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Aide's comments
to legislator accidentally sent to constituent

Aide's comments
to legislator accidentally sent to constituent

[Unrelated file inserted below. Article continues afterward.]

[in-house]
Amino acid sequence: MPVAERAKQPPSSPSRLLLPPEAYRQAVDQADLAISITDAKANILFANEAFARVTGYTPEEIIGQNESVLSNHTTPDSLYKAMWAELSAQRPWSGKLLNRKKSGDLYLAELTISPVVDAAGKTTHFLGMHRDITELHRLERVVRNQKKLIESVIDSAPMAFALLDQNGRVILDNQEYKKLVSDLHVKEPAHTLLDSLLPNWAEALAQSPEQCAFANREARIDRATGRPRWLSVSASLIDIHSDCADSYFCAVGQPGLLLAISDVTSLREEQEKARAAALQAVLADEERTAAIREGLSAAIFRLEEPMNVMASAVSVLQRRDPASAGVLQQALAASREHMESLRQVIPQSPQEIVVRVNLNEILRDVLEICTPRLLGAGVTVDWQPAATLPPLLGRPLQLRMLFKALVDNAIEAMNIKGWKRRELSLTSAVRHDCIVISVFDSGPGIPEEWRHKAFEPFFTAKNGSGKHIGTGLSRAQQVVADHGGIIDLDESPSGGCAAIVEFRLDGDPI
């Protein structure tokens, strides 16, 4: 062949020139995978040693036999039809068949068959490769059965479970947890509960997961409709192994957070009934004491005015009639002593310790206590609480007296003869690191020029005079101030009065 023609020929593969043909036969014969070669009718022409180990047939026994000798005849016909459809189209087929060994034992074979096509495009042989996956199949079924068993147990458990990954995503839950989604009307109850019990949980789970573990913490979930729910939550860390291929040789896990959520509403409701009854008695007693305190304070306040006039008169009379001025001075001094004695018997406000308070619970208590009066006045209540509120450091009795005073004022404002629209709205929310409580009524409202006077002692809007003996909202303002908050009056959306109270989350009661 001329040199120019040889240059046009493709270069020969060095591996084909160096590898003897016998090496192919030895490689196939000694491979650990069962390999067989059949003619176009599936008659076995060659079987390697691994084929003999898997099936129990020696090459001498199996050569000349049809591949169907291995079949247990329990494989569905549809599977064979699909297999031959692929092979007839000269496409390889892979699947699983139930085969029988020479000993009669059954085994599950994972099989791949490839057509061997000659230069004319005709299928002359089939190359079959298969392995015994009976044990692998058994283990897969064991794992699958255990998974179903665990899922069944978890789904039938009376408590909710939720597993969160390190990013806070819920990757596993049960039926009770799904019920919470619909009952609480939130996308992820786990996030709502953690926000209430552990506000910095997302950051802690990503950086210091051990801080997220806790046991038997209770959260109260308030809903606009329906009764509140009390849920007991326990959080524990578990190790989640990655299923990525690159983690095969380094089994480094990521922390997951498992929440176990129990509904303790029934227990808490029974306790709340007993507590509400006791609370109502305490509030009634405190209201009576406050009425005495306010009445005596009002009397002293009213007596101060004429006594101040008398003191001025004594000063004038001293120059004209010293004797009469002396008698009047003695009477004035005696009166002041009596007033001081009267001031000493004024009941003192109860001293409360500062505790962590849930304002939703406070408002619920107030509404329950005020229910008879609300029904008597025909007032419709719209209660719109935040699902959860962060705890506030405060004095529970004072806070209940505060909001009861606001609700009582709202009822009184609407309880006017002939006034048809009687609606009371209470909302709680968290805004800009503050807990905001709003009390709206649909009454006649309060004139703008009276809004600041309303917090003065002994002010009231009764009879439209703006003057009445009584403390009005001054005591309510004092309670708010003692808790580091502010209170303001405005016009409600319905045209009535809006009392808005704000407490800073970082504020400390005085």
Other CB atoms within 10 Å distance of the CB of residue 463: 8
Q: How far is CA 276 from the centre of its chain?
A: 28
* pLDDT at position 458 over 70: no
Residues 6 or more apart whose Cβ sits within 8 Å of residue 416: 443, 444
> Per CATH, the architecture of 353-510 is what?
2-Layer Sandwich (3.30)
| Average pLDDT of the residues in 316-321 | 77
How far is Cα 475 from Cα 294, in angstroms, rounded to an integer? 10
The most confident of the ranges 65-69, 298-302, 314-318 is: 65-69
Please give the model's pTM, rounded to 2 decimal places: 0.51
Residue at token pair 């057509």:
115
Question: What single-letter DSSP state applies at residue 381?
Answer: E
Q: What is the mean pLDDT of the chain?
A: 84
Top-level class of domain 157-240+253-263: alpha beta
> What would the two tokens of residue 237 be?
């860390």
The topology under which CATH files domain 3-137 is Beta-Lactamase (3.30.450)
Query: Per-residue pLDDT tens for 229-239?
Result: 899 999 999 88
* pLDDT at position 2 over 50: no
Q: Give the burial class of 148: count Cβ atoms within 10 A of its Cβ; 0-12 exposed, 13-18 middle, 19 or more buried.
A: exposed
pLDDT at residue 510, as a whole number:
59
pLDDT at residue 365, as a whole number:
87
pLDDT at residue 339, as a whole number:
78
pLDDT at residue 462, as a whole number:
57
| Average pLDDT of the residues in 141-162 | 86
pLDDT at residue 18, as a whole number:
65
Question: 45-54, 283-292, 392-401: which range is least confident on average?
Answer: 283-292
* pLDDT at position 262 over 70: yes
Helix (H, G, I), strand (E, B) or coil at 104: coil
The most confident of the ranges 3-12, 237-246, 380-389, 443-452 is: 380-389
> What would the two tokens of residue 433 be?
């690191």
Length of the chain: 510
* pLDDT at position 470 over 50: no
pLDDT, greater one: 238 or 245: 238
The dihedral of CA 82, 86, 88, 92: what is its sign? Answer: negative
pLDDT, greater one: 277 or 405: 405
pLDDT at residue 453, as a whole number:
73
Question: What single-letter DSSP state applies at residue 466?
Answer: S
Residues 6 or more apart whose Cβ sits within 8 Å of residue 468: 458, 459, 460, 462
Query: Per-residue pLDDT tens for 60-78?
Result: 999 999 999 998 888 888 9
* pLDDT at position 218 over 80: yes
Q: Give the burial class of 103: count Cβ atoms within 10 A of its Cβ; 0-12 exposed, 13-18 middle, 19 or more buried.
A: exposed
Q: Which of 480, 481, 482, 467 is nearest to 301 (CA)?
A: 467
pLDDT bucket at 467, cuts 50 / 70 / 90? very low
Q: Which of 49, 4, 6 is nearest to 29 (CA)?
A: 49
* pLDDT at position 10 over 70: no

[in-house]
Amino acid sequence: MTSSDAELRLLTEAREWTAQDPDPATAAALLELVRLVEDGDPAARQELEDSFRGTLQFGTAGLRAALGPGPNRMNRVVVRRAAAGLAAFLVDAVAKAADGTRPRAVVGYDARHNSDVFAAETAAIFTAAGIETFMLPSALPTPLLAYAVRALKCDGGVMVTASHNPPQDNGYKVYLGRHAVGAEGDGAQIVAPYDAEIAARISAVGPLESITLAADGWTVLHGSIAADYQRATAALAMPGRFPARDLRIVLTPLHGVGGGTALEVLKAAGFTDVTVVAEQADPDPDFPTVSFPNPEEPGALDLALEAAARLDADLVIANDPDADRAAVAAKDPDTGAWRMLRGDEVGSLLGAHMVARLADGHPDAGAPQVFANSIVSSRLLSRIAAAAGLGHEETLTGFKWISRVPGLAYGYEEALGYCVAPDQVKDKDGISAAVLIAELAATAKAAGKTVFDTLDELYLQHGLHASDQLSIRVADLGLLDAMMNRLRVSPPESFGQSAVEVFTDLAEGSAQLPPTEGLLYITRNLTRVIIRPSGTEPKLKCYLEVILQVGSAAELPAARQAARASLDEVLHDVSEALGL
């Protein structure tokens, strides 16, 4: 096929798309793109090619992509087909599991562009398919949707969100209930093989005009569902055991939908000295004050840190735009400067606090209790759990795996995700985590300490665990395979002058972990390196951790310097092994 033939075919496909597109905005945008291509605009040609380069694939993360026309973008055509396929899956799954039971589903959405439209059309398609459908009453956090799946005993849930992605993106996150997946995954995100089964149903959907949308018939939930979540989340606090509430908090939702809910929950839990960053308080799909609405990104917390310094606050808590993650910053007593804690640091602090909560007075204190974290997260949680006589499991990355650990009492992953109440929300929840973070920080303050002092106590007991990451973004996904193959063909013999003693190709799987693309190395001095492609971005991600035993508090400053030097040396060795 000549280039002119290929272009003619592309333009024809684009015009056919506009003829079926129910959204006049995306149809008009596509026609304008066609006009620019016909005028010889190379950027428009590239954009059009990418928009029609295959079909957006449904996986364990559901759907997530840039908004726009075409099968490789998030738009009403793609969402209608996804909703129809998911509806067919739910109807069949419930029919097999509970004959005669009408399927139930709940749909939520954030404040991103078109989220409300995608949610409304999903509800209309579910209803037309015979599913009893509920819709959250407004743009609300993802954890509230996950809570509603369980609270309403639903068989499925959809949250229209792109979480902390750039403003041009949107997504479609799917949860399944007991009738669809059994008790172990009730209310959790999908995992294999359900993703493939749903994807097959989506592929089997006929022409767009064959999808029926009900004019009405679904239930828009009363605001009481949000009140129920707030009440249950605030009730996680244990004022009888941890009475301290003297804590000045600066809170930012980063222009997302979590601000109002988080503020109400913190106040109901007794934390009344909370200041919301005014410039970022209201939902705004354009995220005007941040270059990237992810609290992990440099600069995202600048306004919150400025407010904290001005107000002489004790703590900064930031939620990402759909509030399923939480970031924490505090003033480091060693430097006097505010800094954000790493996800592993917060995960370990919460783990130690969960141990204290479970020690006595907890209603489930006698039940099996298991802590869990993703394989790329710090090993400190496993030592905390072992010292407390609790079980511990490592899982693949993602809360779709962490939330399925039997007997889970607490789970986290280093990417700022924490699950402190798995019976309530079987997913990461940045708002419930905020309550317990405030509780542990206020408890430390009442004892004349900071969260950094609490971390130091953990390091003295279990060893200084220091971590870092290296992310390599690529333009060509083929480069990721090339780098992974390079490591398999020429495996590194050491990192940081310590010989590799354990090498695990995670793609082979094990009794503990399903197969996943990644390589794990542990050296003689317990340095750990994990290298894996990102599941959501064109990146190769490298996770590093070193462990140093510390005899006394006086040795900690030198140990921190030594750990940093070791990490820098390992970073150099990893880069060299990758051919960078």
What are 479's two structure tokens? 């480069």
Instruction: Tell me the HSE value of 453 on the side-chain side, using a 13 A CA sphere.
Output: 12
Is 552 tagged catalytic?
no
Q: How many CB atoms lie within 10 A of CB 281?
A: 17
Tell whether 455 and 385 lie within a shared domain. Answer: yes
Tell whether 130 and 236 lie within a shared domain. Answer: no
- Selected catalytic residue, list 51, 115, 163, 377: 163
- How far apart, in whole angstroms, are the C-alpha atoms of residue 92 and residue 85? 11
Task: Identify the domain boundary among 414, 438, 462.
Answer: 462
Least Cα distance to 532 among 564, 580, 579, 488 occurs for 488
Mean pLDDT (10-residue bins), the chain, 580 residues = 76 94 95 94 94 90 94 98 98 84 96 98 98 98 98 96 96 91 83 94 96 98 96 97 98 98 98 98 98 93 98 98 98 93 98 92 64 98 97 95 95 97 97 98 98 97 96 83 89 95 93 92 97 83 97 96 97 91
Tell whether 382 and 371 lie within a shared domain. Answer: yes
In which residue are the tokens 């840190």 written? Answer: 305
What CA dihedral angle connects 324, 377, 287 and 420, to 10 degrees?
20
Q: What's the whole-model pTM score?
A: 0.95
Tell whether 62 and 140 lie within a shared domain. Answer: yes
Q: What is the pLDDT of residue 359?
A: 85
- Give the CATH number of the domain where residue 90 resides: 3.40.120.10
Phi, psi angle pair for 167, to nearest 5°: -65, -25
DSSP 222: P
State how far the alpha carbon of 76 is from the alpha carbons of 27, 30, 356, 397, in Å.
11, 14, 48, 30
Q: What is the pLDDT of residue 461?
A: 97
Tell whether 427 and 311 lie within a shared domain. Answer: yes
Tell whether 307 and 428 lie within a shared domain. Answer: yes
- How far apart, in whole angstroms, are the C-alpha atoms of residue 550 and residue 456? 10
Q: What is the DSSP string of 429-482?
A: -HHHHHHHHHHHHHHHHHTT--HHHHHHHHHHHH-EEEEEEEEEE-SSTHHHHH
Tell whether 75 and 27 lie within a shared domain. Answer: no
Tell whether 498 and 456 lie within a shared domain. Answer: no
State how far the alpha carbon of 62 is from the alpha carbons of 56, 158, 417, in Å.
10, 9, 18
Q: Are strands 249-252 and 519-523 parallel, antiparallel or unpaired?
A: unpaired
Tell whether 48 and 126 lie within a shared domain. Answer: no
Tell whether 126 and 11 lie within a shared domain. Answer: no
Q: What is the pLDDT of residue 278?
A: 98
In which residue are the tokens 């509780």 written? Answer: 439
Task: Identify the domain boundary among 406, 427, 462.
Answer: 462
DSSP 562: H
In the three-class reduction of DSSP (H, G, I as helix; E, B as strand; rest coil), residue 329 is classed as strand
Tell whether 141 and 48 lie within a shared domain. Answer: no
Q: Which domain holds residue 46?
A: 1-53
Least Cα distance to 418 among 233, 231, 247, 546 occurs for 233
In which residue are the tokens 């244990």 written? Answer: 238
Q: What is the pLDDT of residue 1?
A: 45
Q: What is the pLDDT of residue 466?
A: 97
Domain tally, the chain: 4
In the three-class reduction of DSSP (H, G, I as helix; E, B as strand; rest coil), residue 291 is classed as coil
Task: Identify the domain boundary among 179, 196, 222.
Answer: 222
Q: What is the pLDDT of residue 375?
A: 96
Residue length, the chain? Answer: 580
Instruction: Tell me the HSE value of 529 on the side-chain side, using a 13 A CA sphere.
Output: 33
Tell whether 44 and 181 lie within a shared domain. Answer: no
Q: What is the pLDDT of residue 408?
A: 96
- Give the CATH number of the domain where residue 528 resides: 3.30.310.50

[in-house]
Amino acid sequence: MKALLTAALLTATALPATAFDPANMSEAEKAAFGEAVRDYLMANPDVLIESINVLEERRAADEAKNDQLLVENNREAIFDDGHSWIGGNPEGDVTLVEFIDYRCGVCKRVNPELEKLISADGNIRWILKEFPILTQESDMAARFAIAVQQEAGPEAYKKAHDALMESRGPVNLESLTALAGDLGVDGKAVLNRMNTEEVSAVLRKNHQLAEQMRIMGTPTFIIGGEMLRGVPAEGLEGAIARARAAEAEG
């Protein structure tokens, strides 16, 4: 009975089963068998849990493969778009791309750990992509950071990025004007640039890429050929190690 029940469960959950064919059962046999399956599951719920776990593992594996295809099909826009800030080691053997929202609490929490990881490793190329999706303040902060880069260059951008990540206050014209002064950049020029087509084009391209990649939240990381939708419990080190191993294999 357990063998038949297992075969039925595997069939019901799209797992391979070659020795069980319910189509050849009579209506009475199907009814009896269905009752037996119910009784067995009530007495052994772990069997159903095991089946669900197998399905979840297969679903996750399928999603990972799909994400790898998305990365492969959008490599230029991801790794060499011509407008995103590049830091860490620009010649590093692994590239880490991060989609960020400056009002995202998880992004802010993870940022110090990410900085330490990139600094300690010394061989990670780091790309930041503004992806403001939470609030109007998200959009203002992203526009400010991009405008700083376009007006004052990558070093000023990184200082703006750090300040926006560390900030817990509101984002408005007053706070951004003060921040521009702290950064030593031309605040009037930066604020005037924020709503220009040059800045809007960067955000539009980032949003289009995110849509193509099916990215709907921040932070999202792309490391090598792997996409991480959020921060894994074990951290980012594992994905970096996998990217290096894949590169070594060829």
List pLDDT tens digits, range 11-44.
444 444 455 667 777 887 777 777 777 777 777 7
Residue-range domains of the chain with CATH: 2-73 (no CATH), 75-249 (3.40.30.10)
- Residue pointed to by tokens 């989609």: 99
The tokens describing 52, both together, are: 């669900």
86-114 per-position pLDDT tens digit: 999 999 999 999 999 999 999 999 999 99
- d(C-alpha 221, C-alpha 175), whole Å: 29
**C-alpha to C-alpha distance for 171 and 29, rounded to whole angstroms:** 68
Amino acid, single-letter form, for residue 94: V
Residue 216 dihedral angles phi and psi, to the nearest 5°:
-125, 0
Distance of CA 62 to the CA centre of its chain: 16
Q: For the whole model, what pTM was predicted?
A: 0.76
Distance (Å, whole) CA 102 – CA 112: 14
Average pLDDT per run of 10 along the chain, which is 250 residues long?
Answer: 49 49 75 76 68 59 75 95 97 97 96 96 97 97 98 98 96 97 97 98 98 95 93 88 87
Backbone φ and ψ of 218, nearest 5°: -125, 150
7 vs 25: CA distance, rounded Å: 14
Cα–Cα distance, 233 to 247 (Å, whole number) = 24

A Crestwood, Ky., accountant who asked her state representative to support gay rights legislation next year received a reply not from the lawmaker but from an aide, who mistakenly sent comments meant for the legislator to the constituent. "This is one of those issues where it's safe to say, 'Thanks for writing, I will consider your views,' and not go too far about your personal beliefs," wrote aide Cheryl Long of the Legislative Research Commission to Rep. David Osborne, a Republican from Prospect, Ky. "Seriously, these people really can get out of hand!...This particular group is much worse than pro-lifers!" "If you reply to Ms. Amanda, make sure you delete my e-mail!" Long said of answering the e-mail from Amanda McWane. Then Long mistakenly hit "reply" instead of "forward," sending her comments to McWane, and not to Osborne as Long intended. McWane, 29, said Monday she had never tried to contact a politician until last week, when the Kentucky Fairness Alliance sent e-mails suggesting that supporters write lawmakers about civil rights protection for sexual orientation. "At that point, I didn't even know who my representative was," said McWane, who sent her e-mail to Osborne on Wednesday. "But it's a pretty important issue to me." Long did not return calls seeking comment. LRC director Robert Sherman said the aide apologized to McWane upon realizing her mistake. She won't be punished. "She pushed the wrong button," Sherman said. "E-mail is a modern marvel, but if you're not careful, it can get you in a bit of a pickle." McWane said she accepted Long's apology and isn't angry. She hasn't heard back from her legislator. "It would be nice to know how he actually feels about it, one way or the other," she said. Osborne, who won a special election to the house in May, did not return calls seeking comment. Andrea Hildebran, executive director of the Kentucky Fairness Alliance, said the aide's reply confirmed a suspicion that capitol insiders don't view gays and lesbians as constituents worth a few minutes of discussion. "The problem here is not just that a legislator would follow the advice that an aide gives him--'Thank you very much, but I'm not going to tell you what I think'--but that a legislator would be told not to take our issues seriously," she said. "It seems in her e-mail like we're some sort of burden." (AP)

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